British soccer union CEO Gordon Taylor may be praying for a reprieve regarding questionable sports wagering habits

According to a report in the Daily Mail, the head of one of British soccer’s biggest player unions could be fighting for his job over the fact that he has built up large gambling debts from betting on soccer matches. The paper reports that Gordon Taylor, chief executive of the Professional Footballers’ Association, has lost £100,000 ($155,000) while betting on soccer matches and other sporting events in recent years.

Do As I Say…

That alone would be something of a problem for Taylor, as it is certainly a large sum. But what could make it a more public embarrassment is the fact that Taylor has made plenty of public comments against gambling, in particular imploring the players in his union to stay away from wagering on soccer, whether those players are participating in a given game or not. He has proposed a zero tolerance policy on the practice, saying that the risk of players using insider information or taking steps to manipulate results for gamblers is simply too great.

“At the moment footballers can bet, so long as they don’t bet on themselves or their teams,” Taylor said in 2010, reacting to a spot-fixing scandal in the cricket world. “But in this day and age footballers must now look at zero tolerance. It’s going to be difficult because we all know there is a culture of betting in football. But the use of inside information and betting of any kind has become a very sensitive issue…we feel it’s time that the player’s union backed a zero tolerance stance.”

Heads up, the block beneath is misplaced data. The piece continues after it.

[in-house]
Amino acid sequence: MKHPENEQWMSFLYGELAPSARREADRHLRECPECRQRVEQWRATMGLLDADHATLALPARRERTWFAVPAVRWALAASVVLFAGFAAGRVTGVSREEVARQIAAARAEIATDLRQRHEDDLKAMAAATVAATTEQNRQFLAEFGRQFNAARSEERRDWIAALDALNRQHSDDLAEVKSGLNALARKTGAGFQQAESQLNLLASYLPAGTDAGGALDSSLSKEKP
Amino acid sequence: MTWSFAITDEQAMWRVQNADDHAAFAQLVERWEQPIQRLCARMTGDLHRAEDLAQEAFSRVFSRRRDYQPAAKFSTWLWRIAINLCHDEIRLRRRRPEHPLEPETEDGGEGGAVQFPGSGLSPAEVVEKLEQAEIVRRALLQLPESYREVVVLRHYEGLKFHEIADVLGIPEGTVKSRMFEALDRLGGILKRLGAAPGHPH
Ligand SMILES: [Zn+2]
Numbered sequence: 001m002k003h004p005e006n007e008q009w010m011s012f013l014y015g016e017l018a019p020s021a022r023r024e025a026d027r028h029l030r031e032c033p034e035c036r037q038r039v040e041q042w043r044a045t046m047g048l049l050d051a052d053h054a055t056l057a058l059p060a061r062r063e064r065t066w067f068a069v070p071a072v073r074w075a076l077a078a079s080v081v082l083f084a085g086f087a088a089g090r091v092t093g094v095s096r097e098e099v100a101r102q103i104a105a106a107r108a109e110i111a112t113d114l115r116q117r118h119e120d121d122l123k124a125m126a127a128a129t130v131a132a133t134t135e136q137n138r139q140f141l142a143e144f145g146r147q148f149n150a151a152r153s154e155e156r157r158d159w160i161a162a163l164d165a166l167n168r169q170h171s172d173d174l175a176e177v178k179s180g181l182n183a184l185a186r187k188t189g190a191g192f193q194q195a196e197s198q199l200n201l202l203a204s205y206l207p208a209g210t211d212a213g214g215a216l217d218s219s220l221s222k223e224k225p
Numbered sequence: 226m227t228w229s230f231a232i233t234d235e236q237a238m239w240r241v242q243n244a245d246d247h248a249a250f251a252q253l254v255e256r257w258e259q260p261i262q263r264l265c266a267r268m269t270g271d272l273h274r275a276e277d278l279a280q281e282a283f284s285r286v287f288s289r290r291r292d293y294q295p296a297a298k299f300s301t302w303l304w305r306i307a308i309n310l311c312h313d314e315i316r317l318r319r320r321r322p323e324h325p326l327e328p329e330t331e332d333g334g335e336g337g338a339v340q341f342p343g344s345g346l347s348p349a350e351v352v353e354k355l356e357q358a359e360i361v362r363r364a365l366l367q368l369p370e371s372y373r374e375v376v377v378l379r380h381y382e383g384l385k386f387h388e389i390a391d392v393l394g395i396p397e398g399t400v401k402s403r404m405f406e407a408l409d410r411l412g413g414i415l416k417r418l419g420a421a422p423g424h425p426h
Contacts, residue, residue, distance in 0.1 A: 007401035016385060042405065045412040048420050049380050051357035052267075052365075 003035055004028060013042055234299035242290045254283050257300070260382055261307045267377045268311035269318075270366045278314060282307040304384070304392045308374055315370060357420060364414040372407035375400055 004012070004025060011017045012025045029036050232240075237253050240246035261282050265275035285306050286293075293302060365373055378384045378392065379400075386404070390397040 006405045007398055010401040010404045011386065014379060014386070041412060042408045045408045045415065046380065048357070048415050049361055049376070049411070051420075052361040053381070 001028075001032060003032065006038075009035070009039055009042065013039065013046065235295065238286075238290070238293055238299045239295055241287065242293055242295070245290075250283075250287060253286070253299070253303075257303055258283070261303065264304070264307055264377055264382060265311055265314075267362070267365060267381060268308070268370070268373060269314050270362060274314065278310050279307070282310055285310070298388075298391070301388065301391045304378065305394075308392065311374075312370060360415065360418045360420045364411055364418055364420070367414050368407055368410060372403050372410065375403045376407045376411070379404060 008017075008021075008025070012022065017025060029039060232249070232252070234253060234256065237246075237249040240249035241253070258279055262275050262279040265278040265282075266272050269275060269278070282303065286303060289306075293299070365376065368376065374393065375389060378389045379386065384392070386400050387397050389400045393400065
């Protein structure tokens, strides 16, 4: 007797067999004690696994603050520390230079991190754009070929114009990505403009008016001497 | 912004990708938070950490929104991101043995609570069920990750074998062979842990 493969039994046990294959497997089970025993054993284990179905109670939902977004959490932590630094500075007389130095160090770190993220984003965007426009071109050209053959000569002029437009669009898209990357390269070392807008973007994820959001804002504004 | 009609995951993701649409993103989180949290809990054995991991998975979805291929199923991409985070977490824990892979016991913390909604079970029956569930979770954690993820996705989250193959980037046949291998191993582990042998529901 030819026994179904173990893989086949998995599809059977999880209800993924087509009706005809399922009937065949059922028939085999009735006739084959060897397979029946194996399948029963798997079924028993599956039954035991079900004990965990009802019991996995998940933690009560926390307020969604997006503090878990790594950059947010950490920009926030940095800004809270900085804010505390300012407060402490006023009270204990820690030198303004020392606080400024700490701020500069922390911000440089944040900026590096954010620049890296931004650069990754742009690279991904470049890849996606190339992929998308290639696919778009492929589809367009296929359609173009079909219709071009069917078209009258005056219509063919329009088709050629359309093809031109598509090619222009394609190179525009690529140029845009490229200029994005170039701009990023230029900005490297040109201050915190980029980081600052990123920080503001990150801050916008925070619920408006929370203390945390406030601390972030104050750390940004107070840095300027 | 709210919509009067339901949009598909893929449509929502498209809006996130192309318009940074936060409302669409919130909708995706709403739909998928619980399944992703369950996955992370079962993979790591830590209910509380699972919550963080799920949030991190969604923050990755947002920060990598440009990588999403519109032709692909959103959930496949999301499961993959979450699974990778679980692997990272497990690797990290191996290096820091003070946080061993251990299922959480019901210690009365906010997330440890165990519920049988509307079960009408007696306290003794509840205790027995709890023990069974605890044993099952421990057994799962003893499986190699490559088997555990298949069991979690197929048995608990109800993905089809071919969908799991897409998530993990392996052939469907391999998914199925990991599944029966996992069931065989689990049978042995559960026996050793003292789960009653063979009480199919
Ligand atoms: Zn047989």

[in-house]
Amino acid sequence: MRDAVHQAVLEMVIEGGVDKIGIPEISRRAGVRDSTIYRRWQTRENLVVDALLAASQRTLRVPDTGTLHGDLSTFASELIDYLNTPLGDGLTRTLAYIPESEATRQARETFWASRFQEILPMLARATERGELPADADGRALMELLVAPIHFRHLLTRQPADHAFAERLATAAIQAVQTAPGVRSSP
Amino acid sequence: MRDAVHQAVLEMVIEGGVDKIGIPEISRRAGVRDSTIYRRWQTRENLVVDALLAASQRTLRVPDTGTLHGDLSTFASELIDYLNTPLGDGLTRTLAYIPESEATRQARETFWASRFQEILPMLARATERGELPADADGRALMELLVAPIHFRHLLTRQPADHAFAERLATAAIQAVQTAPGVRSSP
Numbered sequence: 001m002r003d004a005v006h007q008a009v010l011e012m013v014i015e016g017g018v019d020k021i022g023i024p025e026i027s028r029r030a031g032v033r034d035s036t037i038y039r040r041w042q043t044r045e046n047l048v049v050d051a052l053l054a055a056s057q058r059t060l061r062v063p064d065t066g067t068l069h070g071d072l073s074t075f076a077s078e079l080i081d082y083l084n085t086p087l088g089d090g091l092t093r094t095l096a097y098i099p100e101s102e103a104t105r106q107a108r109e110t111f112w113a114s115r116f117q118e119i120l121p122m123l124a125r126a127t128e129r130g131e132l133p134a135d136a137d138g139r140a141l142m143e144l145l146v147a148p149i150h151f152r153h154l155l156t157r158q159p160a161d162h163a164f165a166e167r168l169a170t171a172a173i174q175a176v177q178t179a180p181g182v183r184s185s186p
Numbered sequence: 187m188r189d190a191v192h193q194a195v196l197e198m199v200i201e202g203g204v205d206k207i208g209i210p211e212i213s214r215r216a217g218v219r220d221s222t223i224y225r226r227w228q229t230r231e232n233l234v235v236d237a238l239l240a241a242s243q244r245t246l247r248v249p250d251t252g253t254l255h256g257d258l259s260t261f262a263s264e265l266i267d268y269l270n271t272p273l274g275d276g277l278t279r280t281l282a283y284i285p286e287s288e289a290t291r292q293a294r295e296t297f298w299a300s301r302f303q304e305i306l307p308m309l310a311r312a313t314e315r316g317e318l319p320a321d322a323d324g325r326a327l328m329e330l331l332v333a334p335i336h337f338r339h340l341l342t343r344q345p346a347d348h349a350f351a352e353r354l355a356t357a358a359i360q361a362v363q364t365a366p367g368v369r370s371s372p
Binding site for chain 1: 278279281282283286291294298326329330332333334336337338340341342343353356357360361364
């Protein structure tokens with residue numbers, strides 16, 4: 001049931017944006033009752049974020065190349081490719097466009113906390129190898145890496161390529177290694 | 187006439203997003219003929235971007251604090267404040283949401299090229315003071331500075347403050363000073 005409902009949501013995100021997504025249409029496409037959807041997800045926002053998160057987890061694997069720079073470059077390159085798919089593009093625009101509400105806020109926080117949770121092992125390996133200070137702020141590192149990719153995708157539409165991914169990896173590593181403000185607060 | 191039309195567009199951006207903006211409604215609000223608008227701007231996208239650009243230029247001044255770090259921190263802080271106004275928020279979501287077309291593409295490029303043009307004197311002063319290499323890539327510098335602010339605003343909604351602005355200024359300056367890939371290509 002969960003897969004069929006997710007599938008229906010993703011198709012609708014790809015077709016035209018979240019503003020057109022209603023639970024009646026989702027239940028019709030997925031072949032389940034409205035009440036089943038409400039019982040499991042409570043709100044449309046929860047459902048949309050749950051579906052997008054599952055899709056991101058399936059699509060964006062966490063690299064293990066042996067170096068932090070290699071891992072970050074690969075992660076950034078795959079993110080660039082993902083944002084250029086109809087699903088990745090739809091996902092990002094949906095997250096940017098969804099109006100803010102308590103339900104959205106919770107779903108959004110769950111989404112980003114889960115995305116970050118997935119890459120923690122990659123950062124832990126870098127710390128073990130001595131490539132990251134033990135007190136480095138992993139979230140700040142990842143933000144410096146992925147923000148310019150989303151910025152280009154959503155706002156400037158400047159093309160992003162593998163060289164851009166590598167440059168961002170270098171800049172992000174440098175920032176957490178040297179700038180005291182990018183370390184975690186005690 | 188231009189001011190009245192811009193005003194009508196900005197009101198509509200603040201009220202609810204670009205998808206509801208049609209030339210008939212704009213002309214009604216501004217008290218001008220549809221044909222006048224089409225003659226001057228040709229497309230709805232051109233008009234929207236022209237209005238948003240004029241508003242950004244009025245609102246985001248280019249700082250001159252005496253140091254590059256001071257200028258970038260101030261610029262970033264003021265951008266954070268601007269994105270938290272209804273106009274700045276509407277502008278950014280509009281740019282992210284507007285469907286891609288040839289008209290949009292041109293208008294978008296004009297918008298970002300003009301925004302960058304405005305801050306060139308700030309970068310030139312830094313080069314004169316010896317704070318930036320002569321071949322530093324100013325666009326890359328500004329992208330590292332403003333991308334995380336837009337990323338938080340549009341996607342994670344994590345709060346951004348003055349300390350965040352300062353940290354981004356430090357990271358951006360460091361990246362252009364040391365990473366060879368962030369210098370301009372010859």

Despite Rules, Many Players Bet

Under current rules, the players themselves are allowed to bet on soccer, but they cannot bet on any league or competition in which they are participating or have previously played in. In recent months, there have been several betting scandals involving players: Andros Townsend was banned for four months this summer, while Cameron Jerome faced a £50,000 ($78,000) fine for repeated violations of the gambling policy. In neighboring Scotland, Ian Black was recently accused of betting against his own team in matches.

“Footballers are an easy target,” Taylor said. “They are offered big lines of credit…there is also the bigger issue on the integrity of the game and trying to make sure that players, in accordance with the rules, don’t get into any trouble by betting on games they are involved in.”

The rules that dictate what Taylor, 68, can bet on aren’t nearly as strict. However, it would still seem hypocritical to many that the head of England’s player union would be betting large sums on matches in the Premier League while helping prevent players from doing so.

Over a two-and-a-half year span, Taylor is said to have placed about £4 million ($6.2 million) in bets with betting firm Best Bet. That included some large bets on individual matches, including £15,000 ($23,000) that he lost on a 2-2 draw between England and Switzerland in June 2011. He also reportedly lost about £47,500 ($73,700) on horse racing in a single day in January. Taylor has allegedly failed to settle a £104,000 ($161,000) bill with the company.

Taylor earns over £1 million ($1.55 million) a year in his roll as the union chief.